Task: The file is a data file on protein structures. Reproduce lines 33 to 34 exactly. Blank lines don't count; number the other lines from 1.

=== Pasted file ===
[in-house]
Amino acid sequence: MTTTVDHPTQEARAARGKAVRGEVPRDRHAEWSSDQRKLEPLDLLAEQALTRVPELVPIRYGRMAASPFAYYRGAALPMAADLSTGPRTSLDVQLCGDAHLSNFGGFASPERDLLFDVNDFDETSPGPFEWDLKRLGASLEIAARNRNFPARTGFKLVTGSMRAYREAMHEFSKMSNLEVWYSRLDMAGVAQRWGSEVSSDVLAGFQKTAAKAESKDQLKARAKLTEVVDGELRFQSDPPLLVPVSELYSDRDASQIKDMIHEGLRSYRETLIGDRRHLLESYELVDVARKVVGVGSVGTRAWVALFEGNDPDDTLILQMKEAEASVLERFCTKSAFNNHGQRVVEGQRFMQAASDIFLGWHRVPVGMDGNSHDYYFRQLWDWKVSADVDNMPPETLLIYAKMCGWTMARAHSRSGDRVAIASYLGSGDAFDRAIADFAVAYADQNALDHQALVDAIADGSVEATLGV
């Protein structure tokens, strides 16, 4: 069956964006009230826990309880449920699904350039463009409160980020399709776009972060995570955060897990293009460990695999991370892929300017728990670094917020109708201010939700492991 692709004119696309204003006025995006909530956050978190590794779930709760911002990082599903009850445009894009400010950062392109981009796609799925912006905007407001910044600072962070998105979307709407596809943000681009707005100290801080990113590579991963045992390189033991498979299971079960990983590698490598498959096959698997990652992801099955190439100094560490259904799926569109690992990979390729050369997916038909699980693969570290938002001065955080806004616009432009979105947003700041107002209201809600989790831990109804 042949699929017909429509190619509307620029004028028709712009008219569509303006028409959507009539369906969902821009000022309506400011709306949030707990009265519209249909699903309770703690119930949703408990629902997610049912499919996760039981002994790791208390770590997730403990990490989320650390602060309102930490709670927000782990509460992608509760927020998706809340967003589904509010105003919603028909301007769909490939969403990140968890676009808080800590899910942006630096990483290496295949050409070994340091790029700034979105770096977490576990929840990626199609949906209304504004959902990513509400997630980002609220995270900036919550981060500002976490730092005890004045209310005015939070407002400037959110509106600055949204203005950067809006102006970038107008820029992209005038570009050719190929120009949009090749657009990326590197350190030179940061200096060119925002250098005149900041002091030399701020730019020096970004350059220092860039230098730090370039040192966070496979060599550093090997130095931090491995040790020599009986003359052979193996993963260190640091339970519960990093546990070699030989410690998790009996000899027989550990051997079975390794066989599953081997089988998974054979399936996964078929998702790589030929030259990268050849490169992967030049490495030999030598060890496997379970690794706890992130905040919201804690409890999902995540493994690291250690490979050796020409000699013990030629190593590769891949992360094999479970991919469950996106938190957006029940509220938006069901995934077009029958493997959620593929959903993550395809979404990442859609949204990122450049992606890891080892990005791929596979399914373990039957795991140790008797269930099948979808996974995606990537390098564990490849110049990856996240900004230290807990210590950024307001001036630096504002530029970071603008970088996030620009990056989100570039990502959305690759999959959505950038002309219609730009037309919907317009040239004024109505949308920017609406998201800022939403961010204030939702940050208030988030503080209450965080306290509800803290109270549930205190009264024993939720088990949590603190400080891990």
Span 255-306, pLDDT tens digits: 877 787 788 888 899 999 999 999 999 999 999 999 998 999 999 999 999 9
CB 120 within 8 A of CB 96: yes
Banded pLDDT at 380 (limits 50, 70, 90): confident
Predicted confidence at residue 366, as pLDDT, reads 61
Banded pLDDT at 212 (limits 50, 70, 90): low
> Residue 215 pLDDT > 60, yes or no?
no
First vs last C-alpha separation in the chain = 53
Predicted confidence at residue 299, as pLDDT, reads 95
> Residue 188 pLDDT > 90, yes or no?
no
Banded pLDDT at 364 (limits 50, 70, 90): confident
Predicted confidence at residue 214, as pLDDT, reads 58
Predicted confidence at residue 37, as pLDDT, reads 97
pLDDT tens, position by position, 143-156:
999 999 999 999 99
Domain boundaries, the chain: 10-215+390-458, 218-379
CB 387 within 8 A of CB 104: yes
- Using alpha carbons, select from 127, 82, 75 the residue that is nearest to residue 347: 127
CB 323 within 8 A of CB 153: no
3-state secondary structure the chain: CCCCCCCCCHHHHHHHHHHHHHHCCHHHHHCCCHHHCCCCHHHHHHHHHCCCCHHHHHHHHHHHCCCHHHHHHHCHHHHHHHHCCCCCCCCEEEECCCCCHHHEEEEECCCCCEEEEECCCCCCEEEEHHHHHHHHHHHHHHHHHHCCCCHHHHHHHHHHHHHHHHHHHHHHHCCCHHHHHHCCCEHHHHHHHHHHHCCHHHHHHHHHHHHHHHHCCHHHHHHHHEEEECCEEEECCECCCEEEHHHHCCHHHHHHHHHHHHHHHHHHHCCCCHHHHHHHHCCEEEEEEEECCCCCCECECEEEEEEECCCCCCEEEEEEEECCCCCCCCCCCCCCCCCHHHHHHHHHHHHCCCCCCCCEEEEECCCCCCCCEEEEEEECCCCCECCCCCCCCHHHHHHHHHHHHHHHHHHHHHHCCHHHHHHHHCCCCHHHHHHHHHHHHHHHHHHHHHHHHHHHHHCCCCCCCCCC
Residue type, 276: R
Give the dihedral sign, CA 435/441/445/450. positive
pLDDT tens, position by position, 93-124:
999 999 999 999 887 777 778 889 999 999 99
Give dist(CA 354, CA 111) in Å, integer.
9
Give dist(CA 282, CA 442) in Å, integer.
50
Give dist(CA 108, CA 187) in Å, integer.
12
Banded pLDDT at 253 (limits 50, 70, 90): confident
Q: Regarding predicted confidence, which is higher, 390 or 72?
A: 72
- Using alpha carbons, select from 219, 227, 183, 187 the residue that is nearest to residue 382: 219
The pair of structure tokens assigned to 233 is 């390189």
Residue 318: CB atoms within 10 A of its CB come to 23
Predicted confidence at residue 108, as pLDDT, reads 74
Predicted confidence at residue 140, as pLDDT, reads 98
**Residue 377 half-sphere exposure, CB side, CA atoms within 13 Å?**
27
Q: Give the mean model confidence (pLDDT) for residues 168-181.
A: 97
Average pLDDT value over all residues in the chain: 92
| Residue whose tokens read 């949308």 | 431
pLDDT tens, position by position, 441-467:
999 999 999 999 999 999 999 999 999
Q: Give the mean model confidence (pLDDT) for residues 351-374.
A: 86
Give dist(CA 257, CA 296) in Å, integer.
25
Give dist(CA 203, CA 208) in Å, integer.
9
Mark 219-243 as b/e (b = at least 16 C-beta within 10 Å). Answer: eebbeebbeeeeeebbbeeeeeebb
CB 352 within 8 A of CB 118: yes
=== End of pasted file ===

Give dist(CA 108, CA 187) in Å, integer.
12